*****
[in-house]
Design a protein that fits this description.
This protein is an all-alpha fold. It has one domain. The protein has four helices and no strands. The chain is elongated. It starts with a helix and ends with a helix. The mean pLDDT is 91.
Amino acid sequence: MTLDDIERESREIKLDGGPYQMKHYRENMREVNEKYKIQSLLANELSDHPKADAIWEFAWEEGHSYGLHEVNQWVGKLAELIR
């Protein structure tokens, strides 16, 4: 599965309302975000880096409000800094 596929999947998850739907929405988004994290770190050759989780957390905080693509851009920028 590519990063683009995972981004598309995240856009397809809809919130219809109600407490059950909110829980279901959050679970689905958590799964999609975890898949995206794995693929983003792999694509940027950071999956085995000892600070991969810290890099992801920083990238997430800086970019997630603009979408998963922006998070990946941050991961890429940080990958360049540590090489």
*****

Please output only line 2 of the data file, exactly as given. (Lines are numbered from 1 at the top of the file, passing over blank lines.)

Design a protein that fits this description.